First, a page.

Some of the best scenes:
1. Akshay’s entry
2. Aarush unexpectedly turns up at Bob’s place in the night
3. The entire Italy sequence
4. The intermission point
5. Batuk Patel arrives in London
6. Anna arrives at Aarush’s place
7. Anna’s bag exchange
8. The lie detector sequence
9. The climax
On the whole, Housefull is a brilliant entertainer that has some of the most rib-tickling funny moments. It is illogical and crazy at places but what matters is that it ‘entertains’ in true sense! Housefull is thus the best way to begin the movie watching season! Just go and book your tickets before the show gets ‘House Full’!
My rating-**** out of 5!
By Taran Adarsh, April 30, 2010 – 12:50 IST
At the very start of the film, Sajid Khan pays his respects to several notable names of the 1970s and 1980s, who redefined Hindi commercial cinema. And that gives you ample idea of what to expect from HOUSEFULL, which, very frankly, stresses on wholesome entertainment like those wonderful entertainers made by Manmohan Desai, Prakash Mehra, Feroz Khan, Hrishikesh Mukherjee, K. Raghavendra Rao, Narendra Bedi, Ravi Tandon and Brij. No wonder, films made by these icons have tremendous recall value even today.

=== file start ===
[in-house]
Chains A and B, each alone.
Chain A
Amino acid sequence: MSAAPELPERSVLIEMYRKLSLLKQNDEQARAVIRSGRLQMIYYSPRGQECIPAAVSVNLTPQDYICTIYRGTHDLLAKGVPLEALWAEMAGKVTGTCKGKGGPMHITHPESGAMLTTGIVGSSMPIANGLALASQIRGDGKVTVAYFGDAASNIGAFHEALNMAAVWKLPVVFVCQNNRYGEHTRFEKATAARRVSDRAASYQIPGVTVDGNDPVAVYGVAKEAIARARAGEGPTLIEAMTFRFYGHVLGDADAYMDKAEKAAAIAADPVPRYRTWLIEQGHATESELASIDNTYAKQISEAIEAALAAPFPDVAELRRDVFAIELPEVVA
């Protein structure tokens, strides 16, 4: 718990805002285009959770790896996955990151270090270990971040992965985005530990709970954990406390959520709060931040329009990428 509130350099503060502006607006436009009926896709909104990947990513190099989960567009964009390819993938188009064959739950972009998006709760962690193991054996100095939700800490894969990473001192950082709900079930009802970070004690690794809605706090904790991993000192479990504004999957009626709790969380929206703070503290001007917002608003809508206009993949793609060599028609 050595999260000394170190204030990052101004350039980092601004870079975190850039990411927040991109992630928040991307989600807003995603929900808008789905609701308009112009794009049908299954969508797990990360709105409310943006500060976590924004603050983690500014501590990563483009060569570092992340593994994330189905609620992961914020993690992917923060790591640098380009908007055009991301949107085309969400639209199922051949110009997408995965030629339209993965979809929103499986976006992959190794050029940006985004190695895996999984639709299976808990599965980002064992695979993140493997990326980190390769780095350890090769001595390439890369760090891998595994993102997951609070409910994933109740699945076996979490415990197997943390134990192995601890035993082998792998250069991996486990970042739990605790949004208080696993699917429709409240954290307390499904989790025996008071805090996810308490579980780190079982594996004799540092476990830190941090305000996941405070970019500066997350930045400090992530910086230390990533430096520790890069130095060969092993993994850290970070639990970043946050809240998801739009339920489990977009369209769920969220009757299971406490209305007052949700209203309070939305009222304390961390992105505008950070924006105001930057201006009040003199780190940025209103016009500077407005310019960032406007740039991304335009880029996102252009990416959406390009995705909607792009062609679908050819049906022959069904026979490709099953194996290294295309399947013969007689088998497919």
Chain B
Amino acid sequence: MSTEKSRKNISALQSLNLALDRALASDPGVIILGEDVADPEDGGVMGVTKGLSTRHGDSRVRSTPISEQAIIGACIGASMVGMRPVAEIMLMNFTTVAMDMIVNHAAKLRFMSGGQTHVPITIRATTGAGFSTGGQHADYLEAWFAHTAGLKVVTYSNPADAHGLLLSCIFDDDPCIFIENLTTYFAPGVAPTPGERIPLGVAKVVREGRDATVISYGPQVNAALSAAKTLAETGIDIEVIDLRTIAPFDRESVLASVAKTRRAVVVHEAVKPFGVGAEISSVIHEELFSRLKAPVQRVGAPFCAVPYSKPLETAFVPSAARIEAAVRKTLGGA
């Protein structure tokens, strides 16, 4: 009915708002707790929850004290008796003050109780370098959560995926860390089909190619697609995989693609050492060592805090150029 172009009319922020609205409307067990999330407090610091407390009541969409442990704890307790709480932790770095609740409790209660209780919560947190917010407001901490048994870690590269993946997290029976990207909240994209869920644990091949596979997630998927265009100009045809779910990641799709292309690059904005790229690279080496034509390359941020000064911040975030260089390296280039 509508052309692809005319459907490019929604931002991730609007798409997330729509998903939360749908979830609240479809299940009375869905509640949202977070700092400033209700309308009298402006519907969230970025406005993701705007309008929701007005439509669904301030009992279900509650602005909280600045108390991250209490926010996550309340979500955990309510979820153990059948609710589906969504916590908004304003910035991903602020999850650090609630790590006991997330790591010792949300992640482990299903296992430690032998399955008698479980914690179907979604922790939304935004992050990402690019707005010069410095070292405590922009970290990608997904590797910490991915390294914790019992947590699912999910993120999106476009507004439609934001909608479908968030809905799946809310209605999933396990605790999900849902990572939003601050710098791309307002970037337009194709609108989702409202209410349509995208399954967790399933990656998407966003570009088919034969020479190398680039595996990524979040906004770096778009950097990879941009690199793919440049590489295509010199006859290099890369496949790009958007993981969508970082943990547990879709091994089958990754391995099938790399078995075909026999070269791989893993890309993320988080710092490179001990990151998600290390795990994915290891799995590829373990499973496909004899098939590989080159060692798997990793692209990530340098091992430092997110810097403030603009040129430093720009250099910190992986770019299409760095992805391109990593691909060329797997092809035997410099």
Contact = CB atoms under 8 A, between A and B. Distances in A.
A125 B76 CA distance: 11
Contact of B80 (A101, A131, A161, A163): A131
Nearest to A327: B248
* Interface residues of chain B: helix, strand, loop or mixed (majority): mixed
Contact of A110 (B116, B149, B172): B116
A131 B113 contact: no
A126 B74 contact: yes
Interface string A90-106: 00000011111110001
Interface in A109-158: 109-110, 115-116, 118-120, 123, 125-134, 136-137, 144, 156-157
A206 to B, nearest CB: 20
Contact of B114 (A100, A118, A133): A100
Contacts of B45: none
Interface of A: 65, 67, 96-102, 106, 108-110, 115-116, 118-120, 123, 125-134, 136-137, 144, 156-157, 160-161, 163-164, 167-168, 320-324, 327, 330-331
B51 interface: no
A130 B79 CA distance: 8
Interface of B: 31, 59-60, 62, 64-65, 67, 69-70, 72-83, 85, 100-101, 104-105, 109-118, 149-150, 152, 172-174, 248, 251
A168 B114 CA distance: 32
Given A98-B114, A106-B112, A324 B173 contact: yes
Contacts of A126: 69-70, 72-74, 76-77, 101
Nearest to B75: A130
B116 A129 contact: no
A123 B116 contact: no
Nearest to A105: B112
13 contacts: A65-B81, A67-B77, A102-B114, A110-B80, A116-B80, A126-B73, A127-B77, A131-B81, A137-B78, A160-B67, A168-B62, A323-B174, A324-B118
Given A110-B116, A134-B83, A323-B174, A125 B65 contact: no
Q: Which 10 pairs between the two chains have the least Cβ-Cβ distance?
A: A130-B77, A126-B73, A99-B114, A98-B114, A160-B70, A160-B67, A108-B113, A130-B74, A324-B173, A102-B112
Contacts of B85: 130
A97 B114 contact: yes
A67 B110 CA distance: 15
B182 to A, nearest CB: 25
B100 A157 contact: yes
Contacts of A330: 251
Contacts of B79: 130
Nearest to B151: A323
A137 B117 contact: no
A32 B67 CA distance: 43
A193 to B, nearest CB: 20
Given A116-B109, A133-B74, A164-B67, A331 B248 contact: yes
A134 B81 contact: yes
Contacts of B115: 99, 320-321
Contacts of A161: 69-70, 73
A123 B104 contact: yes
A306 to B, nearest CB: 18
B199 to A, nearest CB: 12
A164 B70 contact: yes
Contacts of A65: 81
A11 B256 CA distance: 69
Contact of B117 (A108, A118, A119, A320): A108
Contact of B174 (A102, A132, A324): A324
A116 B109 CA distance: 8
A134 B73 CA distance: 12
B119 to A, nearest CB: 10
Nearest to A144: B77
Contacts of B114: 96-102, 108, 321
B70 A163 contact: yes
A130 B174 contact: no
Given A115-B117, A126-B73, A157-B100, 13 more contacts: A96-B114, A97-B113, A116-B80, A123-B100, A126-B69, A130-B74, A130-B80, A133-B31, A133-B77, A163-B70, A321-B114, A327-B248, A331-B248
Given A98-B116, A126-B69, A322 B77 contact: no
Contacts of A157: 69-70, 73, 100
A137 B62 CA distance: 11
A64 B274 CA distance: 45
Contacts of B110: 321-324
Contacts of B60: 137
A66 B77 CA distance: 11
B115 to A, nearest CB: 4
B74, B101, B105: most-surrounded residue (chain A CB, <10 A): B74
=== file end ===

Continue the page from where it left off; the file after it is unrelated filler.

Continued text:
The two things you expect from HOUSEFULL are non-stop laughter and non-stop entertainment. That’s because the promos of the film have already given you an inkling of what to expect from this film. Besides, Sajid Khan swears by wholesome entertainers, so it’s only natural to expect HOUSEFULL to bring the house down.
|BY BOLLYWOOD HUNGAMA.COM|